• Photo:  Leah Robertson
    Photo: Leah Robertson
  • Photo: Leah Robertson.
    Photo: Leah Robertson.

Hofesh Shechter Company:  Sun -
Arts Centre Melbourne, Playhouse, 12 October -

Hofesh Shechter brought his brilliant and completely engrossing Political Mother to the Melbourne Festival in 2011.  So the expectations for his new dance piece, Sun were very high. Immediately noticeable was the strong choreographic fingerprint that marks a work that could only have been created by Shechter.  Episodic, cyclic iterations are the bedrock of his structure while the movement cuts between tribal and folkloric influences with some cheesy broadway thrown in.

Cast in muted grey, beige and white, dancers cavort in a carnivalesque cross-section of humanity. Pierrots and peasants dance wildly in clusters. A puppet-master-like King (or coloniser?) conducts the action.  The sun marks time.  Populations are brutalised and murdered by oppressors. They rise in joy to resist the cycles of victimisation, or to give themselves respite from its inevitability.

While there were certainly strengths in Sun: the dancing was always strong and the concept is well worth exploring, there were many aspects that blocked my commitment to the work as an audience member.  The repetitive nature of its organisation would not be a problem if the concept built more or was executed more swiftly. However, the iterations add examples without really amplifying the intensity.

Sun is also choreographically repetitive. Shechter often uses a mob-like swarm of dancers and seldom focuses on the individual. This concentration on a specific movement vocabulary palls after a while. Perhaps it is because we are trained as viewers of western concert dance to expect diversity that is demonstrated in dramatic contrasts. This is certainly the case in classical ballet where there are 'set pieces', (corps de ballet, solos, pas de deux) and most forms of contemporary dance where one has come to expect use of the floor, along with vertical use of space in jumps.  Shechter brings an inventive but contained use of patterning and all but eliminates jumps and avoids partnering in Sun.  Over the duration of the work I stopped being able to 'see' the uniqueness of the sections because they started to meld.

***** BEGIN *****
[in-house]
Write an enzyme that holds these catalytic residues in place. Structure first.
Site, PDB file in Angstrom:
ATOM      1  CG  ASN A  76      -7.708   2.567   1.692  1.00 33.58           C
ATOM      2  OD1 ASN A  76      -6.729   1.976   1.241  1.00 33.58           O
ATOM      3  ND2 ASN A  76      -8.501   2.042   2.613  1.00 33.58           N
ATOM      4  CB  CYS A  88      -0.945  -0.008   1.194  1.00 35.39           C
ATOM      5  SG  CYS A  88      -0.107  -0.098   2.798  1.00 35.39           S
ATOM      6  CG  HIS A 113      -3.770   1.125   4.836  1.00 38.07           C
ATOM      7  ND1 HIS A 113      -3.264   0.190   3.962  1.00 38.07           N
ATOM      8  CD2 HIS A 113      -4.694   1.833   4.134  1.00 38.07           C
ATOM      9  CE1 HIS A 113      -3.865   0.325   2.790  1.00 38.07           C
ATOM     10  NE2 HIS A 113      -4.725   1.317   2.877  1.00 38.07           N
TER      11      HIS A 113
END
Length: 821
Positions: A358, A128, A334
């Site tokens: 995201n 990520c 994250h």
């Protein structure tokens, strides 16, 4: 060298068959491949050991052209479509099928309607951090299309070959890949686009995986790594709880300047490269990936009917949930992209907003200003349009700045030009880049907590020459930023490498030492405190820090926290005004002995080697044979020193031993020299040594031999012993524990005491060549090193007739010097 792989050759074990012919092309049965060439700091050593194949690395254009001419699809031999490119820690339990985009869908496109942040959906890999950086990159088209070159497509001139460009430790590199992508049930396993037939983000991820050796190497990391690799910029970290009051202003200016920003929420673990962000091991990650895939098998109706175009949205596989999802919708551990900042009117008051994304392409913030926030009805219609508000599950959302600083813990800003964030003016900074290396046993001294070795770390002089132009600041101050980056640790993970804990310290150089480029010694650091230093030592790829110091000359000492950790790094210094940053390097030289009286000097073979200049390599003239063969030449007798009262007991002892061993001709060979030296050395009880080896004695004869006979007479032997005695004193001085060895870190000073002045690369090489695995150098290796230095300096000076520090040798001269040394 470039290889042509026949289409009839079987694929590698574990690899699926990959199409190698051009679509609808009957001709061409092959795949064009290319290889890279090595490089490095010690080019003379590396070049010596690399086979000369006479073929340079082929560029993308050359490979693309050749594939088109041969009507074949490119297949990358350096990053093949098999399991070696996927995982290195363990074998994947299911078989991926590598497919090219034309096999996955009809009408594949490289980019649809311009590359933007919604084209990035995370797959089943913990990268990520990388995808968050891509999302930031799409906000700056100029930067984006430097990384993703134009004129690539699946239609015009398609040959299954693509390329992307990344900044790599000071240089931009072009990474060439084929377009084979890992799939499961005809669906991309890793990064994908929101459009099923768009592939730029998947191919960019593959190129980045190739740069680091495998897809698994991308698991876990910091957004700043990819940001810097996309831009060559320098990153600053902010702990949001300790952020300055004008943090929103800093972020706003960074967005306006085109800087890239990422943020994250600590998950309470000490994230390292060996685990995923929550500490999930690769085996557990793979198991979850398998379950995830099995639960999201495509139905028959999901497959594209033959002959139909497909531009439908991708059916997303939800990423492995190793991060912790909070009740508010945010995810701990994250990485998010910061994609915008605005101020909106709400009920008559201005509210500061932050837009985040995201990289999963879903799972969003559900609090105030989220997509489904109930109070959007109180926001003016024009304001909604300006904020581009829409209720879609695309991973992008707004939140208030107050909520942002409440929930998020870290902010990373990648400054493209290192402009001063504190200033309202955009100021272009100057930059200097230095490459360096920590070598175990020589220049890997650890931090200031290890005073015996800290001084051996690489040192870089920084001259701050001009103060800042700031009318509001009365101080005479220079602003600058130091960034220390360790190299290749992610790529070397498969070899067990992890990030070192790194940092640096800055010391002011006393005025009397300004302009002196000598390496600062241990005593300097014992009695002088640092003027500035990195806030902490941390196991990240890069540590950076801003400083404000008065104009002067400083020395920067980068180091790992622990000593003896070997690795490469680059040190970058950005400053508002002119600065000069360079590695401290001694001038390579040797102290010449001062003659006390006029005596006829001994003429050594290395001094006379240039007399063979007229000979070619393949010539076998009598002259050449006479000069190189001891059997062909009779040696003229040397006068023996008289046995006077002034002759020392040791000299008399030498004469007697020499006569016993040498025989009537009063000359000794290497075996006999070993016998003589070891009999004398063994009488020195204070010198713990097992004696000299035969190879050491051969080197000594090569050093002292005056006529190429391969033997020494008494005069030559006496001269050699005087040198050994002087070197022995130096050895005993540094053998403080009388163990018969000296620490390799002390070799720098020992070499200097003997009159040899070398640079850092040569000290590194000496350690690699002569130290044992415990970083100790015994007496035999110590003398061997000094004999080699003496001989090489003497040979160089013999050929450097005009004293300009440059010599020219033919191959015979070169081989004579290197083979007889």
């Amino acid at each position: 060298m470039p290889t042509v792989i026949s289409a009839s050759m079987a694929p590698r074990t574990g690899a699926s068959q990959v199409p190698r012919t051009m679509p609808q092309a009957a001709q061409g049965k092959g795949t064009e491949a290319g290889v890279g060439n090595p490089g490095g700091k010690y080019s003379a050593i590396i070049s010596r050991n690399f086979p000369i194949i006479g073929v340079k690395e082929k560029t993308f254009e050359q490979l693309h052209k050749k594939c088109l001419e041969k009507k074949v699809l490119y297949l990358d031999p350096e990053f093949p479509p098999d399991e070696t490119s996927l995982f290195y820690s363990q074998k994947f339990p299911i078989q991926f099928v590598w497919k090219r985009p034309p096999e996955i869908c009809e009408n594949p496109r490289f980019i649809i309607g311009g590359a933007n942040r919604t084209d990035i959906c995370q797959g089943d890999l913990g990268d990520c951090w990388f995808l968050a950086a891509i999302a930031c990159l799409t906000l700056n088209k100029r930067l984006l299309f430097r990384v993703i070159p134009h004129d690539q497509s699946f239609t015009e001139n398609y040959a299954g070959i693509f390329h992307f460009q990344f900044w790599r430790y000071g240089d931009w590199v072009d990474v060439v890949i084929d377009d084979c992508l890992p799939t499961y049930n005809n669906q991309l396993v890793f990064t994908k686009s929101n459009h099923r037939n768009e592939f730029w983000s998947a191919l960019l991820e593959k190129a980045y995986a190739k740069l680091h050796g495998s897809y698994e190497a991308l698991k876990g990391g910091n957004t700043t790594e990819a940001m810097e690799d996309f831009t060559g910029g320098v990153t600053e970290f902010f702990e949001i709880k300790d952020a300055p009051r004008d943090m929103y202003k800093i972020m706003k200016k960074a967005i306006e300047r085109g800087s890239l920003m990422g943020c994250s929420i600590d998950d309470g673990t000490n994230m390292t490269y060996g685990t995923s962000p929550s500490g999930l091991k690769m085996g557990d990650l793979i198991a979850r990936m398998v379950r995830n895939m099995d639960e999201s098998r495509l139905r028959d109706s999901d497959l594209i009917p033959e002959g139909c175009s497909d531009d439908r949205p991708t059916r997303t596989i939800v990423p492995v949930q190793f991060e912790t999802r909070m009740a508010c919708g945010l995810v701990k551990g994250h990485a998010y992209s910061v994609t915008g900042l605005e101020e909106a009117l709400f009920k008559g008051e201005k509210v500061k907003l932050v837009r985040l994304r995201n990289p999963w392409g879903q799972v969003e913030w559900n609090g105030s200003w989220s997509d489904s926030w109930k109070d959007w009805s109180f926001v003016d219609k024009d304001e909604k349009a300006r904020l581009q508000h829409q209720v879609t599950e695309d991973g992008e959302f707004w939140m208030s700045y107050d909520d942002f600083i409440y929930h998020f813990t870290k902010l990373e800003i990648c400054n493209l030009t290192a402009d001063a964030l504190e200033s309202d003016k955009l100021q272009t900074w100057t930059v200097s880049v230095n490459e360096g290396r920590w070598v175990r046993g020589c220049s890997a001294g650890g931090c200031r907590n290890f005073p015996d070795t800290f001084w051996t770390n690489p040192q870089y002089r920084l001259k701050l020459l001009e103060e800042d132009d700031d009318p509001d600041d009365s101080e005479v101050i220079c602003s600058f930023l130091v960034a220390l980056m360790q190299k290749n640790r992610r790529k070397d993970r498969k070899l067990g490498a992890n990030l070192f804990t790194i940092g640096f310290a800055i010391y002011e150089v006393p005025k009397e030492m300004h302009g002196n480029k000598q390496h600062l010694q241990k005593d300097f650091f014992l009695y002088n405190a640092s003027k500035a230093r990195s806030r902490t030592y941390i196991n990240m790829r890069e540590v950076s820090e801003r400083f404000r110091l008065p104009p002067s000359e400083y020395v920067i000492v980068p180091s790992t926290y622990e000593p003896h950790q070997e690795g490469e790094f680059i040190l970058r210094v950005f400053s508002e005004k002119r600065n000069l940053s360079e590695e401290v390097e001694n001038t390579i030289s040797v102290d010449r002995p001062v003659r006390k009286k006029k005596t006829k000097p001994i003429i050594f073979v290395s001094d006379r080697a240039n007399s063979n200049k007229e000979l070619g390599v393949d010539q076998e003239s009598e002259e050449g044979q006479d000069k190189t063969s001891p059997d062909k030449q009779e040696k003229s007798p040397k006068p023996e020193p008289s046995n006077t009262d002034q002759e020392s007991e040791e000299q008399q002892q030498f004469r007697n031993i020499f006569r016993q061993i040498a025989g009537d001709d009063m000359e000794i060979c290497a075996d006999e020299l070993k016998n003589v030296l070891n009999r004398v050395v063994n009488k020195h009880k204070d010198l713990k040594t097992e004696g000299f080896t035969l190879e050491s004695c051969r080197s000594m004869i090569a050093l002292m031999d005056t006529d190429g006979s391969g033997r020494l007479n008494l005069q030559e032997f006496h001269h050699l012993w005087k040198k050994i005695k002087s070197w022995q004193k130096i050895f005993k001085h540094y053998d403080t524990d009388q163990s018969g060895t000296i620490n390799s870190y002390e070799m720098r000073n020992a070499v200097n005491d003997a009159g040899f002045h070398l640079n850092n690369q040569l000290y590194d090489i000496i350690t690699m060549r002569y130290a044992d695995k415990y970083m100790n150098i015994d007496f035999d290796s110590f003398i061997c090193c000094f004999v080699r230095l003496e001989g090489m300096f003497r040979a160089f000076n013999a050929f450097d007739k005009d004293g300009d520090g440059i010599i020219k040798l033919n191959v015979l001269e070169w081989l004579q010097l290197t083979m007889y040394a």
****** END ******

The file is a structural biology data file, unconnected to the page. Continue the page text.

I also struggled with the repeated use of cut-out flat puppets.  Sheep slaughtered by a wolf, an African tribesman slaughtered by colonists.  These sailed cheesily across the stage, bringing mirth to the audience as feet were seen scurrying beneath. Call me politically correct, but it felt, well, like a wolf in sheep's clothing.  Shechter's stated purpose is to create something "light", but for the most part, it feels rather laboured.

It must be said however, that although the movement feels contained within a particular stylistic world, the intricate articulation of arms and upper torso is, at times, spell-binding and creates a kind of narrative of its own. There are powerful sections, for example, when the 'native' is beaten, and the following solo, the subjection of the women, as well as some moments of ensemble abandon. Music is also vital, pounding and exciting, most of it having been written by Shechter himself.  Surprisingly, this work did leave me wanting more Hofesh Shechter, but it left me wanting the next Hofesh Shechter work.


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